Symbiotic relationships

Scleroderma sp. (a mycorrhizal fungus)

 

Mycorrhizal fungi make the survival of most of earth’s land plants possible by partnering with them in the mutually-beneficial exchange of nutrients. ‘Mycorrhiza’ means fungus-root. Put simply, a fungus is intimately connected to a plant partner and absorb sugars from it. (10-30% of the food produced by the plant can be transferred to the fungal partner.)

Plant partners in a mycorrhiza receive inorganic nutrients such as nitrogen, potassium and phosphorus in forms that are easily absorbable by the roots, together with water from the soil.

In good conditions, hyphae are able to grow very quickly in response to rain, much sooner than can plants. The fungus can collect water and nutrients and quickly make them available to the plant. If the soil dries out for extended periods, mycelia may die off but the fungal material inside the plant root will be protected and able to regrow the mycelium once conditions become favourable.

Mycorrhiza fungi can produce plant hormones, and may confer resistance to environmental stress, tolerance to heavy metals and salt, and give protection against soil microbes and plant pathogens.

90% of plants benefit from this relationship and studies in different Australian habitats have found that at least two thirds of plant species form mycorrhizal relationships.

Mycorrhizal fungi appear to be less diverse in disturbed sites and plantations. There is great scope for investigating the importance of mycorrhizal fungi for re-vegetation and environmental remediation.

Here are the two main ways in which this partnership works.

  1. Ectomycorrhizal fungi are the most prevalent form of mycorrhizal fungi, numbering more than 6,000 species. (Examples Amanita xanthocephala and Cortinarius archeri)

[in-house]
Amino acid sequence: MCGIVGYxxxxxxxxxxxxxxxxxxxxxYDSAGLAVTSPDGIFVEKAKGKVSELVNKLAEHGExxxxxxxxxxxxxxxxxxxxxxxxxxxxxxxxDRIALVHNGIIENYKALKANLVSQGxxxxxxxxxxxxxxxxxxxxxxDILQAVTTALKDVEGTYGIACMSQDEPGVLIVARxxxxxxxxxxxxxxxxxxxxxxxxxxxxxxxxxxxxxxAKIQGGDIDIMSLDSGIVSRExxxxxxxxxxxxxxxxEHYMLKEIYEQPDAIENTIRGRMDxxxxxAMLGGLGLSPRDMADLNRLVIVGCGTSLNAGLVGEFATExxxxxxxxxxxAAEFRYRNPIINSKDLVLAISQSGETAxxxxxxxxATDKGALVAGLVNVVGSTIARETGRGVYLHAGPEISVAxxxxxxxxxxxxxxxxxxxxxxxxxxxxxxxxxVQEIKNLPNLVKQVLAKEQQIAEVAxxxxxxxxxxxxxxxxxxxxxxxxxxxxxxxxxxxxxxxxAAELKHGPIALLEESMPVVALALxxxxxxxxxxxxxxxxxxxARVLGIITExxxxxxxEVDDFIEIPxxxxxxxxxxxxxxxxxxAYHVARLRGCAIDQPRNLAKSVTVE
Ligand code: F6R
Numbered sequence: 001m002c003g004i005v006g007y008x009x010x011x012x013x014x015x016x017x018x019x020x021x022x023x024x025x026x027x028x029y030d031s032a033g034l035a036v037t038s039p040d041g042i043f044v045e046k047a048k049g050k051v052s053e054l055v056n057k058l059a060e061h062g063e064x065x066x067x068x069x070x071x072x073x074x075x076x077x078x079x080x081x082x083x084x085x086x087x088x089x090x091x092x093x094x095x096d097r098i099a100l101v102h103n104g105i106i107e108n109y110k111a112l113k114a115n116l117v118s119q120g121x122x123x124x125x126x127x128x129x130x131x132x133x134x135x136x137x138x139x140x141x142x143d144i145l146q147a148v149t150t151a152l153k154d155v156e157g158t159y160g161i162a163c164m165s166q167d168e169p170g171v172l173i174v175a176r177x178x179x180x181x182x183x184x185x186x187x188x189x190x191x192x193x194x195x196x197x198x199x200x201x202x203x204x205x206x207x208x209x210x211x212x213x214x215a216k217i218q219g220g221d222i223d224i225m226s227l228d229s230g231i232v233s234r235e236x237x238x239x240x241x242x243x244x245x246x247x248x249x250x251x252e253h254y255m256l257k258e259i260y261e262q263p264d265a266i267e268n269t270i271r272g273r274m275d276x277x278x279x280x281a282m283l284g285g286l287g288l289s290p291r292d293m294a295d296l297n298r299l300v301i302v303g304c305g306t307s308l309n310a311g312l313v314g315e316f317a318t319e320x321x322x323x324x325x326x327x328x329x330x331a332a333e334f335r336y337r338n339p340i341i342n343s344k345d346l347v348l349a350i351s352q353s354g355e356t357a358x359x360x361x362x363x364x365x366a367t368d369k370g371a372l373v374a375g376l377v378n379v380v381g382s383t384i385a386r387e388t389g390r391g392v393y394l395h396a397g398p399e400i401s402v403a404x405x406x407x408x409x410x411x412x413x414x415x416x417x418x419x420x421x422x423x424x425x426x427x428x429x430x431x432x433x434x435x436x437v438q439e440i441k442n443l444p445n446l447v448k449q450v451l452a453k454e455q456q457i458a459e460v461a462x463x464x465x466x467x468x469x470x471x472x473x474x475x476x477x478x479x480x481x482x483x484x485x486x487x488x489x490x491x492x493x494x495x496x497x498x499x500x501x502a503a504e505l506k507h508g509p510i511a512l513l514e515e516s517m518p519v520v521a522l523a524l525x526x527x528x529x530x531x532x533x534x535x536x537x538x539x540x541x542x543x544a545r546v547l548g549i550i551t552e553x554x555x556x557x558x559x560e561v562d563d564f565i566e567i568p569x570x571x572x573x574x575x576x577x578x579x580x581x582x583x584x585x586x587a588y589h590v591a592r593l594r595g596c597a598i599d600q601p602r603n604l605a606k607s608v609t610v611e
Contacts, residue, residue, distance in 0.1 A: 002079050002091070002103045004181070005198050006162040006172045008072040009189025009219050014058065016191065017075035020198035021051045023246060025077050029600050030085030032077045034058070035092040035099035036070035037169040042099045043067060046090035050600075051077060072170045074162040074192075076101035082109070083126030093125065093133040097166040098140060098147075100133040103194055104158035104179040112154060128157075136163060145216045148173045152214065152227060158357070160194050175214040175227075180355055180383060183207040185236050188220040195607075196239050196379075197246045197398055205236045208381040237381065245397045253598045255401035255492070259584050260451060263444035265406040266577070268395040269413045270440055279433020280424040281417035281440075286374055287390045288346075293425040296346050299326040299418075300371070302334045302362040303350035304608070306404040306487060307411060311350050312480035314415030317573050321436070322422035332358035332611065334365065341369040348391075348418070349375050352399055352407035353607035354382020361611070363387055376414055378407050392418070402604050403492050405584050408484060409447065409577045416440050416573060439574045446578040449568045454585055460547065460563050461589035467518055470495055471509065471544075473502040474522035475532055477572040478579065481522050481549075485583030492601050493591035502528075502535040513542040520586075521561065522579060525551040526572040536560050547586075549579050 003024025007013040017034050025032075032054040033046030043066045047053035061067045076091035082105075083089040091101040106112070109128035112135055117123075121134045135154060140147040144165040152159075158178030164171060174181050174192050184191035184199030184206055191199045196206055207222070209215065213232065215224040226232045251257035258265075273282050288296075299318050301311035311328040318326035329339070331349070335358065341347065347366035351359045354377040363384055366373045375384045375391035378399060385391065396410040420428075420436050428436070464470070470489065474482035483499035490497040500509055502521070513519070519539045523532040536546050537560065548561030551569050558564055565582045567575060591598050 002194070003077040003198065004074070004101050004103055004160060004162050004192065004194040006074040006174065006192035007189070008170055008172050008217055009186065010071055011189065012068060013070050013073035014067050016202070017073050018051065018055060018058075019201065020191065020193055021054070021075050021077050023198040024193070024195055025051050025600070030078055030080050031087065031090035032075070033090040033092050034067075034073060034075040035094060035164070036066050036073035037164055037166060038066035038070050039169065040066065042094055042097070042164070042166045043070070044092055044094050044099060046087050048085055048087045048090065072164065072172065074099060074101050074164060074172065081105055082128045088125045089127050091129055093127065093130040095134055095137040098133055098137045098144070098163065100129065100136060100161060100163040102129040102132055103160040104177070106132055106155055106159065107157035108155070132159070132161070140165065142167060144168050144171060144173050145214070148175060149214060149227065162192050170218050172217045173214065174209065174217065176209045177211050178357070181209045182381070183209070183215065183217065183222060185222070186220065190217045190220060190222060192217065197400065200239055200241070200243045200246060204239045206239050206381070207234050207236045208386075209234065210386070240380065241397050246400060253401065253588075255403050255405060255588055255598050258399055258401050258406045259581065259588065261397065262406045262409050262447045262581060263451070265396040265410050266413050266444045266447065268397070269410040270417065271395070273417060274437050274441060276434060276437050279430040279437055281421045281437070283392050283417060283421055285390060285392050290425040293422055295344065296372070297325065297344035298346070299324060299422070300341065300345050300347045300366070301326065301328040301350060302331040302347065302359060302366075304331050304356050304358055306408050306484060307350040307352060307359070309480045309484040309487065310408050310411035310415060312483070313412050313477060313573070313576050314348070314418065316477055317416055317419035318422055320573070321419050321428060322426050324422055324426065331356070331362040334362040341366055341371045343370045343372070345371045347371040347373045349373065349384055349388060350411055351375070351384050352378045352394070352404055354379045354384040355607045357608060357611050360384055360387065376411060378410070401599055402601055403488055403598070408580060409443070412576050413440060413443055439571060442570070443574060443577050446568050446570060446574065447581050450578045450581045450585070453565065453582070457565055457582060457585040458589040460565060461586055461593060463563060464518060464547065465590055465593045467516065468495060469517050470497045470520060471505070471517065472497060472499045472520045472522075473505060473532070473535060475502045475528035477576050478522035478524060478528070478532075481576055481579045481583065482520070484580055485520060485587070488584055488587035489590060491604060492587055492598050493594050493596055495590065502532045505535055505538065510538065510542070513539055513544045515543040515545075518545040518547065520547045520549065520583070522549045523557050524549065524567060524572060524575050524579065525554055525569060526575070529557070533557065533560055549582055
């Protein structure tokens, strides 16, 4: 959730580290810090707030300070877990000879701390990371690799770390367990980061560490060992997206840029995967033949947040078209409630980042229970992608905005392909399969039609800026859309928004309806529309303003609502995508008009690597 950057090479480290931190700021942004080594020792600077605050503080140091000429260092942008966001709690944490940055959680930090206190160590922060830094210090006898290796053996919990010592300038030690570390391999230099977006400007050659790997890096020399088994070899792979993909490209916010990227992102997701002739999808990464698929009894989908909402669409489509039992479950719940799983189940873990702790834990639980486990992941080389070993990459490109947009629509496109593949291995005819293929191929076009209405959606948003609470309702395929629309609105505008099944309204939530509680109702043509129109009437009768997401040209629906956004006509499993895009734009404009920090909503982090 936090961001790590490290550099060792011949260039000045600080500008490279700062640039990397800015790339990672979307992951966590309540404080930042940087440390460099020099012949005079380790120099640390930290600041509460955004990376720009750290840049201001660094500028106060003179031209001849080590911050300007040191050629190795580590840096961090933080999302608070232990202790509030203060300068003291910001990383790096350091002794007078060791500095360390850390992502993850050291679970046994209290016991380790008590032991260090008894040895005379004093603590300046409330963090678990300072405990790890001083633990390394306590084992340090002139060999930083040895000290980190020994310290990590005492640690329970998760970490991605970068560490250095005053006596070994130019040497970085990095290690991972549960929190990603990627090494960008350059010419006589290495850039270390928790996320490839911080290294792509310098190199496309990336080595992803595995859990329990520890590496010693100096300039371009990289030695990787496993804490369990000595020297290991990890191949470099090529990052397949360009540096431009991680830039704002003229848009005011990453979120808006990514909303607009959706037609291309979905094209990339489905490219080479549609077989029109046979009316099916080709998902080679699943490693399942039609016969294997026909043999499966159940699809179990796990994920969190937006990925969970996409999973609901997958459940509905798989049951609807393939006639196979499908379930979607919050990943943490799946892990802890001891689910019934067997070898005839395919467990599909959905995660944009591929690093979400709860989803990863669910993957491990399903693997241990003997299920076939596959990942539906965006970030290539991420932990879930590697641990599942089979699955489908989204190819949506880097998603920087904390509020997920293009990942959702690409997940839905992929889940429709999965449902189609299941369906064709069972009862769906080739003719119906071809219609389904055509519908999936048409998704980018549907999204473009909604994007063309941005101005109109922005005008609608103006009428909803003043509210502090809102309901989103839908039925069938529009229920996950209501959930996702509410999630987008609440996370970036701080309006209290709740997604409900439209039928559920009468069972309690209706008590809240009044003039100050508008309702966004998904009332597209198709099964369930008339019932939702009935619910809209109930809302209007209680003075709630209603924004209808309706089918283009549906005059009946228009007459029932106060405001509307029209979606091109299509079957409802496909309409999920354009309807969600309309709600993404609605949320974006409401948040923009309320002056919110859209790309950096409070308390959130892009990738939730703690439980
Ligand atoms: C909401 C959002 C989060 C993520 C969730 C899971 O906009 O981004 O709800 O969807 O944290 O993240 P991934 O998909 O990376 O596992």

These fungi wrap a dense mantle of specialised hyphal filaments around young roots and grow into the spaces between plant cells but do not penetrate the cells. A complex exchange occurs with mineral nutrients passing from fungus to plant while metabolites are transferred from plant to fungus. Ectomycorrhizal fungi can also protect plants from disease and damage and the fruit bodies are food and shelter for animals.

The fruit-bodies of ectomycorrhizal fungi tend to be visible near to the base of the plant. Ectomycorrizal fungi include Hebeloma, Inocybe, Lactarius, Austropaxillus and Russula but not all ectomycorrizal fungi are ‘mushroom-like’. Most truffles and some cups, corals, and boletes and a few puffball-like fungi are also ectomycorrhizal.

  1. Endomycorrhizal fungi penetrate or colonise the cells of plants. Australian orchids need endomycorrhizal partners for seedlings to survive beyond germination stage and some need these fungi throughout the orchid’s life.

Remarkably, there are several Australian orchids that have no chlorophyll and their mycorrhizal partners harvest carbohydrates from other plants to be shared with those orchids.

 

Further reading:

Australian National Botanic Gardens on mycorrihzas

A useful resource by Mark Brundrett on mycorrhizal associations